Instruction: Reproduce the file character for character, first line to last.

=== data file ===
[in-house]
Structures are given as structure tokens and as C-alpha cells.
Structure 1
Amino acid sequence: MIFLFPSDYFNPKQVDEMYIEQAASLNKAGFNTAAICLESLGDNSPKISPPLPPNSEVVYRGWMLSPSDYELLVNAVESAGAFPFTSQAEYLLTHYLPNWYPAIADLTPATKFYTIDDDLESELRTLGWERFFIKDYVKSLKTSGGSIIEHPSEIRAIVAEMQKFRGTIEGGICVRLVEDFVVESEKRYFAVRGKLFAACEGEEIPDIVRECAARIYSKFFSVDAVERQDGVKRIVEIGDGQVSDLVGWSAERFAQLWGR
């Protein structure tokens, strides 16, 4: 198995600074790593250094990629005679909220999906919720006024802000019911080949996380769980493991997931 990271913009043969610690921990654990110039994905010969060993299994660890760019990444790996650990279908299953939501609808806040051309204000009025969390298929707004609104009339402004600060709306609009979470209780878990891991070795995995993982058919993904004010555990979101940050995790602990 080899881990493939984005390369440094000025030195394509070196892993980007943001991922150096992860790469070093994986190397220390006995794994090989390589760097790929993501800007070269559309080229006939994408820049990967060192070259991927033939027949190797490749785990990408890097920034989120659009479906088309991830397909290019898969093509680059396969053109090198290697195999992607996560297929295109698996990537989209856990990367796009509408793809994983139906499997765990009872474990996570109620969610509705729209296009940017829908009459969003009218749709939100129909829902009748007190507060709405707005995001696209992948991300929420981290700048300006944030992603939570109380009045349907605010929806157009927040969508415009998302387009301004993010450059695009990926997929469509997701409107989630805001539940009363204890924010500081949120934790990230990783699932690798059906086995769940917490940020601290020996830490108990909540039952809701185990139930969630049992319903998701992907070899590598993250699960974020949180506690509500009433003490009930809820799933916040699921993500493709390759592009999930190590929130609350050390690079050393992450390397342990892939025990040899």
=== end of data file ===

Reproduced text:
[in-house]
Structures are given as structure tokens and as C-alpha cells.
Structure 1
Amino acid sequence: MIFLFPSDYFNPKQVDEMYIEQAASLNKAGFNTAAICLESLGDNSPKISPPLPPNSEVVYRGWMLSPSDYELLVNAVESAGAFPFTSQAEYLLTHYLPNWYPAIADLTPATKFYTIDDDLESELRTLGWERFFIKDYVKSLKTSGGSIIEHPSEIRAIVAEMQKFRGTIEGGICVRLVEDFVVESEKRYFAVRGKLFAACEGEEIPDIVRECAARIYSKFFSVDAVERQDGVKRIVEIGDGQVSDLVGWSAERFAQLWGR
């Protein structure tokens, strides 16, 4: 198995600074790593250094990629005679909220999906919720006024802000019911080949996380769980493991997931 990271913009043969610690921990654990110039994905010969060993299994660890760019990444790996650990279908299953939501609808806040051309204000009025969390298929707004609104009339402004600060709306609009979470209780878990891991070795995995993982058919993904004010555990979101940050995790602990 080899881990493939984005390369440094000025030195394509070196892993980007943001991922150096992860790469070093994986190397220390006995794994090989390589760097790929993501800007070269559309080229006939994408820049990967060192070259991927033939027949190797490749785990990408890097920034989120659009479906088309991830397909290019898969093509680059396969053109090198290697195999992607996560297929295109698996990537989209856990990367796009509408793809994983139906499997765990009872474990996570109620969610509705729209296009940017829908009459969003009218749709939100129909829902009748007190507060709405707005995001696209992948991300929420981290700048300006944030992603939570109380009045349907605010929806157009927040969508415009998302387009301004993010450059695009990926997929469509997701409107989630805001539940009363204890924010500081949120934790990230990783699932690798059906086995769940917490940020601290020996830490108990909540039952809701185990139930969630049992319903998701992907070899590598993250699960974020949180506690509500009433003490009930809820799933916040699921993500493709390759592009999930190590929130609350050390690079050393992450390397342990892939025990040899």